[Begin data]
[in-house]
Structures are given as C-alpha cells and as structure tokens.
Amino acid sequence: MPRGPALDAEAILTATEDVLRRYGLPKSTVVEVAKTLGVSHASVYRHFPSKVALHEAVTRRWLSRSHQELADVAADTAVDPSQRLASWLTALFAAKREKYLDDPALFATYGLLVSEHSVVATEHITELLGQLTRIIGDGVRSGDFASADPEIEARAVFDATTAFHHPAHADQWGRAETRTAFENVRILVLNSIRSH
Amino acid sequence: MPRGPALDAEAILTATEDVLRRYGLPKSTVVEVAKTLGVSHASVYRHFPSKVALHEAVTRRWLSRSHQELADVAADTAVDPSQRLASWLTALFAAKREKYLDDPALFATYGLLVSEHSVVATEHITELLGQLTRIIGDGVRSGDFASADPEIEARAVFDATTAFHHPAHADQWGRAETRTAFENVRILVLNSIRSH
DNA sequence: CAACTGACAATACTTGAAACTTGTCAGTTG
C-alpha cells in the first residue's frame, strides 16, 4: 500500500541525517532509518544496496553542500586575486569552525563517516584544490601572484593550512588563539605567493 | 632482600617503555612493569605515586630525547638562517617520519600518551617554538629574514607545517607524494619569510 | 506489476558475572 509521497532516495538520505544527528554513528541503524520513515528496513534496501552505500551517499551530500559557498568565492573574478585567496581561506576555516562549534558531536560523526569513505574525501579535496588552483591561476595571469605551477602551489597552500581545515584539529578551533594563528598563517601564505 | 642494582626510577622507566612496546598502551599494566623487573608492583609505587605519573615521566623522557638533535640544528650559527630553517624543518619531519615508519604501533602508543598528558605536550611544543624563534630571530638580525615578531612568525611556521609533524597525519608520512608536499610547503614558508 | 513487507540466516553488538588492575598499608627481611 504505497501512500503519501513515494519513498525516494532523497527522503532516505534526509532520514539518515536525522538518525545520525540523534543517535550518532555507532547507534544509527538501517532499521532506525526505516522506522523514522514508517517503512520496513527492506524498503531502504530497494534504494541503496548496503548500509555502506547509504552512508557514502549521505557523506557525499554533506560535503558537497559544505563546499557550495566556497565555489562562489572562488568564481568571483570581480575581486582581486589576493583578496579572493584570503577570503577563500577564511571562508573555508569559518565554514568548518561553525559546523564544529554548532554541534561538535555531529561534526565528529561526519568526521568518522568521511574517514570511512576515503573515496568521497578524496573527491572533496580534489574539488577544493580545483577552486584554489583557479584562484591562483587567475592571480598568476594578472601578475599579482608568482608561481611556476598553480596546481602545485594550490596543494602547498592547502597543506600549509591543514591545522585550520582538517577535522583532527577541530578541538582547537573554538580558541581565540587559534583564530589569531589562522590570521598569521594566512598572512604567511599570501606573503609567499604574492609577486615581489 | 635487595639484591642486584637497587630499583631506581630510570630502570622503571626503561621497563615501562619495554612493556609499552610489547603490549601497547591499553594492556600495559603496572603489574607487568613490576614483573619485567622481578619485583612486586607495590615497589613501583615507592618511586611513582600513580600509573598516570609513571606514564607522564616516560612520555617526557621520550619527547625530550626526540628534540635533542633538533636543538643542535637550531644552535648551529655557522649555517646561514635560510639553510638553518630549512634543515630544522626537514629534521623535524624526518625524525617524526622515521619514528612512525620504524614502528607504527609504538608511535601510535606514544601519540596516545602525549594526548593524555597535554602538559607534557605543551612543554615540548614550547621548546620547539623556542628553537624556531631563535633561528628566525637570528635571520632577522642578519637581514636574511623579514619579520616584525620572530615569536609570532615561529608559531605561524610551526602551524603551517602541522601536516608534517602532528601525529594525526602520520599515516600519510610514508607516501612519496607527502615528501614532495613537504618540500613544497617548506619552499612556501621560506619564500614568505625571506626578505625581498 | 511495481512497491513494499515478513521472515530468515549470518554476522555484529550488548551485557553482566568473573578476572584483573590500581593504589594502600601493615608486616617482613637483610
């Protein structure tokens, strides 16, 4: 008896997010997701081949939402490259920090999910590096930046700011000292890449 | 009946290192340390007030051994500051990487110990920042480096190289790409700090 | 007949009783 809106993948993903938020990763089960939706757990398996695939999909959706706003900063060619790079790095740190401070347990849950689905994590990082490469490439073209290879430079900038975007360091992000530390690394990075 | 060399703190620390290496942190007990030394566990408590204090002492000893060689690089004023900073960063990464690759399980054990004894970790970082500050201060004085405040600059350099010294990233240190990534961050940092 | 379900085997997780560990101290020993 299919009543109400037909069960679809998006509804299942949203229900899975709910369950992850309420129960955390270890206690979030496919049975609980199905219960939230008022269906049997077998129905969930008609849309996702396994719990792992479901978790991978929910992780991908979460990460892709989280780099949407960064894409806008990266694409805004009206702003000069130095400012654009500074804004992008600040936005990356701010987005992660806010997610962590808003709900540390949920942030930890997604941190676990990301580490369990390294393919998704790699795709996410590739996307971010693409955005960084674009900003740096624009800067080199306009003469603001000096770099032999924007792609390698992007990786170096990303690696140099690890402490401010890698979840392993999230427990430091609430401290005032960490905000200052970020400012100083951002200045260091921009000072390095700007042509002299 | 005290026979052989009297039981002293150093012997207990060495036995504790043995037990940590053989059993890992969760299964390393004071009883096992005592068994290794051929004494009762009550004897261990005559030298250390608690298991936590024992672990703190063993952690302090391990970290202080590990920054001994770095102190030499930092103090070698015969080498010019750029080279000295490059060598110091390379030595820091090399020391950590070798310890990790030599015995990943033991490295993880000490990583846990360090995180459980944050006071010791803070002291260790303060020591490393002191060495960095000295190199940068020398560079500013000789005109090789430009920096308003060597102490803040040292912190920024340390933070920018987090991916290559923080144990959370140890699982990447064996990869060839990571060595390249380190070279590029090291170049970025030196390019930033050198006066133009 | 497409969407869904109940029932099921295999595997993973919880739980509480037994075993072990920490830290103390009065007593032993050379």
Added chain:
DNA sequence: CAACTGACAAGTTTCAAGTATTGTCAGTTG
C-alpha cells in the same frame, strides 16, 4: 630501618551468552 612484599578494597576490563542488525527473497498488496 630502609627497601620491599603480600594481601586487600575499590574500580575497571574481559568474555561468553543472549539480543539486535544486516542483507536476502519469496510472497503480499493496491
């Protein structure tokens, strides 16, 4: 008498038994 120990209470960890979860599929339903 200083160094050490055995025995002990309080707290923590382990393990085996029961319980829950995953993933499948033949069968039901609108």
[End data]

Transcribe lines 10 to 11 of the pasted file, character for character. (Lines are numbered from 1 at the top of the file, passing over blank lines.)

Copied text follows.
C-alpha cells in the same frame, strides 16, 4: 630501618551468552 612484599578494597576490563542488525527473497498488496 630502609627497601620491599603480600594481601586487600575499590574500580575497571574481559568474555561468553543472549539480543539486535544486516542483507536476502519469496510472497503480499493496491
């Protein structure tokens, strides 16, 4: 008498038994 120990209470960890979860599929339903 200083160094050490055995025995002990309080707290923590382990393990085996029961319980829950995953993933499948033949069968039901609108």